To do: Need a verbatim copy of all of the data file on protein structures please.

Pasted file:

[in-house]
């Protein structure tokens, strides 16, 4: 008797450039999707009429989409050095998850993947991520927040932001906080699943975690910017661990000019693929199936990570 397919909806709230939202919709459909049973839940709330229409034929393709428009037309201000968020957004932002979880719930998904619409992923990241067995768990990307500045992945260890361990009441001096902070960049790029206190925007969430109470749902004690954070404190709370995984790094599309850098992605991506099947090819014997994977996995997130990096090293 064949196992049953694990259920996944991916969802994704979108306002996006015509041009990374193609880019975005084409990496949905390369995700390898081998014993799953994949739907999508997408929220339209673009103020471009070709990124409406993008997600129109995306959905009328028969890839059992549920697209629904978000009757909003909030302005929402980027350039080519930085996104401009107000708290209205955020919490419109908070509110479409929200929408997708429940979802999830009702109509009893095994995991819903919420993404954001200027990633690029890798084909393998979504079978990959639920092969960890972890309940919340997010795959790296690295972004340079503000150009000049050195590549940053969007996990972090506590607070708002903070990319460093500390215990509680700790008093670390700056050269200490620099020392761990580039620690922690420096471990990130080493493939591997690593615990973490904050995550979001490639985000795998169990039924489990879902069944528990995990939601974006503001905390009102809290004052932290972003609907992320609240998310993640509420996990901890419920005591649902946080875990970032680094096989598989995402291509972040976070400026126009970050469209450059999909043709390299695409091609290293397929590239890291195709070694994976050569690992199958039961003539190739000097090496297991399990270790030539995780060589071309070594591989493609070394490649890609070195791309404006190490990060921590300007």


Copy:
[in-house]
């Protein structure tokens, strides 16, 4: 008797450039999707009429989409050095998850993947991520927040932001906080699943975690910017661990000019693929199936990570 397919909806709230939202919709459909049973839940709330229409034929393709428009037309201000968020957004932002979880719930998904619409992923990241067995768990990307500045992945260890361990009441001096902070960049790029206190925007969430109470749902004690954070404190709370995984790094599309850098992605991506099947090819014997994977996995997130990096090293 064949196992049953694990259920996944991916969802994704979108306002996006015509041009990374193609880019975005084409990496949905390369995700390898081998014993799953994949739907999508997408929220339209673009103020471009070709990124409406993008997600129109995306959905009328028969890839059992549920697209629904978000009757909003909030302005929402980027350039080519930085996104401009107000708290209205955020919490419109908070509110479409929200929408997708429940979802999830009702109509009893095994995991819903919420993404954001200027990633690029890798084909393998979504079978990959639920092969960890972890309940919340997010795959790296690295972004340079503000150009000049050195590549940053969007996990972090506590607070708002903070990319460093500390215990509680700790008093670390700056050269200490620099020392761990580039620690922690420096471990990130080493493939591997690593615990973490904050995550979001490639985000795998169990039924489990879902069944528990995990939601974006503001905390009102809290004052932290972003609907992320609240998310993640509420996990901890419920005591649902946080875990970032680094096989598989995402291509972040976070400026126009970050469209450059999909043709390299695409091609290293397929590239890291195709070694994976050569690992199958039961003539190739000097090496297991399990270790030539995780060589071309070594591989493609070394490649890609070195791309404006190490990060921590300007």